Prodded myself to go for a walk last night (early evening, twilight, gloaming, dusk …) and was rewarded by a glorious over-reaching sunset that bloomed above me as I walked Bayfield Park, alongside the inlet. It was spotted by many others with many pics on social media – including one from my daughter from a supermarket’s car park.
The thing was, in the time that I had my back to the harbour, heading east, I didn’t know the sunset was happening behind me until I turned round and – woah!
For such splendour to be completely silent, is perhaps the sky’s greatest power.
Listening: To Bluegrass on Spotify.
Which reminds me of a poem I wrote many years ago while listening to Gillian Welch:
so green it’s blue
This music I listen to is homesick
for a bayou. It is a foreign accent
in a suburb gurgling with lawnmowers
through oceans of grass; swirling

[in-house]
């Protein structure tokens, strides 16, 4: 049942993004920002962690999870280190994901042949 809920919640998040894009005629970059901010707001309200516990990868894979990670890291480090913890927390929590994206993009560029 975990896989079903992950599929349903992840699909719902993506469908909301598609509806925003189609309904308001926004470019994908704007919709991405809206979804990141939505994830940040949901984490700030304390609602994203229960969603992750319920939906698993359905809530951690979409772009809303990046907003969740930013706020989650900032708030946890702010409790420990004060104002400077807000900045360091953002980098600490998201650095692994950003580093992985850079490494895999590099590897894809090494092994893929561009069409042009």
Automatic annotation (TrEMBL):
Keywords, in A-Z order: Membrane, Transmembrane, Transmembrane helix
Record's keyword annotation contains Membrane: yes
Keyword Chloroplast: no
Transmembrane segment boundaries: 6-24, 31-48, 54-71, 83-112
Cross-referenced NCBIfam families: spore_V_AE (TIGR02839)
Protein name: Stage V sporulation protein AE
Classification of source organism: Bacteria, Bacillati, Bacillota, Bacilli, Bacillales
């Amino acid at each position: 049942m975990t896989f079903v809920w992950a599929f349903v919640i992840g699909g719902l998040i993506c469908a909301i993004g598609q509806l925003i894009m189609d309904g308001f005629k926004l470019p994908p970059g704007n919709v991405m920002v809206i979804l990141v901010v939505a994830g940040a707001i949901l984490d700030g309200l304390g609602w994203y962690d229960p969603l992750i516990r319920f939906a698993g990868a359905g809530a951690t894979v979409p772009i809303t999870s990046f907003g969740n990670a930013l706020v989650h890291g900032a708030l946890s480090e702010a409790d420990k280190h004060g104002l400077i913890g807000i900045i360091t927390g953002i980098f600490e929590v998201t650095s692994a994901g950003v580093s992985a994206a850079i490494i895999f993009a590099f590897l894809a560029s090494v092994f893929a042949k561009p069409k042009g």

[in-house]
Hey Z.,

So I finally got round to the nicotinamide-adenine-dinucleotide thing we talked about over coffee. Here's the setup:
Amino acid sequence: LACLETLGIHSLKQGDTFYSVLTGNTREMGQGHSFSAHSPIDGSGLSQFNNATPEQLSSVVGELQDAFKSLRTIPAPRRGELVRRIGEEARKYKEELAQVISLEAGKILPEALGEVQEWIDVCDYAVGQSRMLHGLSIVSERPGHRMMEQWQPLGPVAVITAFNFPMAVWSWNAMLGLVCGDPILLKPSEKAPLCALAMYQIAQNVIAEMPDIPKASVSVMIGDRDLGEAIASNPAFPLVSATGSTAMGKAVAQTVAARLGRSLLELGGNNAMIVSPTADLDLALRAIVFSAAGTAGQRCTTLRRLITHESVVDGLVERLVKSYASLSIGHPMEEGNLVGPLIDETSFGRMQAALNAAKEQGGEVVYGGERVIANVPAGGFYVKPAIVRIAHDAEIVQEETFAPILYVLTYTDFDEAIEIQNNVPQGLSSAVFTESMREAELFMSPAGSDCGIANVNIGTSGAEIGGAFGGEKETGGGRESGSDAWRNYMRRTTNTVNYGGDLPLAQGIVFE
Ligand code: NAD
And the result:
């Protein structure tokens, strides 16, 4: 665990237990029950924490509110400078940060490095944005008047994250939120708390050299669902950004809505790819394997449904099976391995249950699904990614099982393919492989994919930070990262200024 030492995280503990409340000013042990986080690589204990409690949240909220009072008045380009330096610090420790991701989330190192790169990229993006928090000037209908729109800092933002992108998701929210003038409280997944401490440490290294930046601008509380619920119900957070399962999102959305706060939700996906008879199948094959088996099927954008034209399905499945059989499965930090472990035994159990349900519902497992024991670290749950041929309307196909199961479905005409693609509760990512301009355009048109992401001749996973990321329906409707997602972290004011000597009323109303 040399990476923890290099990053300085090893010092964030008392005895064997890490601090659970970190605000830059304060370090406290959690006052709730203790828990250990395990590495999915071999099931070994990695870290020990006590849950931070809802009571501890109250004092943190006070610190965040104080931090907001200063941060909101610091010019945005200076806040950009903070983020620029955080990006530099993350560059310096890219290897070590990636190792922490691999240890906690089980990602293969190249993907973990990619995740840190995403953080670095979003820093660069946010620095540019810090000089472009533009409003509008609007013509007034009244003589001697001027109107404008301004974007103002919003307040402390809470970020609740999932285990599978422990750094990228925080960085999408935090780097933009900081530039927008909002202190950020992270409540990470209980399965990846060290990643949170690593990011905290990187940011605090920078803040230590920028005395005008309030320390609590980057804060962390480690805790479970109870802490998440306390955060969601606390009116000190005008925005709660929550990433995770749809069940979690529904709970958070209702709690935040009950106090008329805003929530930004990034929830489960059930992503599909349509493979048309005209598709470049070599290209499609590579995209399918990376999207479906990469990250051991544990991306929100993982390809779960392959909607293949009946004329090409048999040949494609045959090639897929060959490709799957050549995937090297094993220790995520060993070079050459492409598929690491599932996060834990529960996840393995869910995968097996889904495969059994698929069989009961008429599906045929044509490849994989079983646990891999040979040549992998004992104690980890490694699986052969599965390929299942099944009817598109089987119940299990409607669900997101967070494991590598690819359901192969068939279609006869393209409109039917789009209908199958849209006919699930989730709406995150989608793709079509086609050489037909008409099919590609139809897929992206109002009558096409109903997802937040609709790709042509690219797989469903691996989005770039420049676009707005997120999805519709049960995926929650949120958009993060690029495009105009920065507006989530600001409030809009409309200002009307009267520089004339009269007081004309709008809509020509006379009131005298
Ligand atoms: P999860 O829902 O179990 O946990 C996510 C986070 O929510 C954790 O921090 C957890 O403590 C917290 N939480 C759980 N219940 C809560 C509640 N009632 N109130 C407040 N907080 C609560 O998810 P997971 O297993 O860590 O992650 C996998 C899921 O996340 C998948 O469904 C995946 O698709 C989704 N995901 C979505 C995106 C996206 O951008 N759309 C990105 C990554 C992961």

with the catfight-maul of electric saws.
It is music that picks and pines
and talks of grass so green it’s blue.
This plucked banjo
I listen to in my home far
from any Virginian heart breaker,
piano pedal pusher, is so agile
it trips the light
like a highland dancer
the Sword Dance, pointing toes
over invisible steel ropes that
twang, even in the rain, with the sweetness
of a guitar bleeding blue, it reaches
through to stop the heart in its train tracks,
here in this small city of mine, fastened
to fast-cooled volcanic remains, built to last
upon the crust of hardened magma.
Kay McKenzie Cooke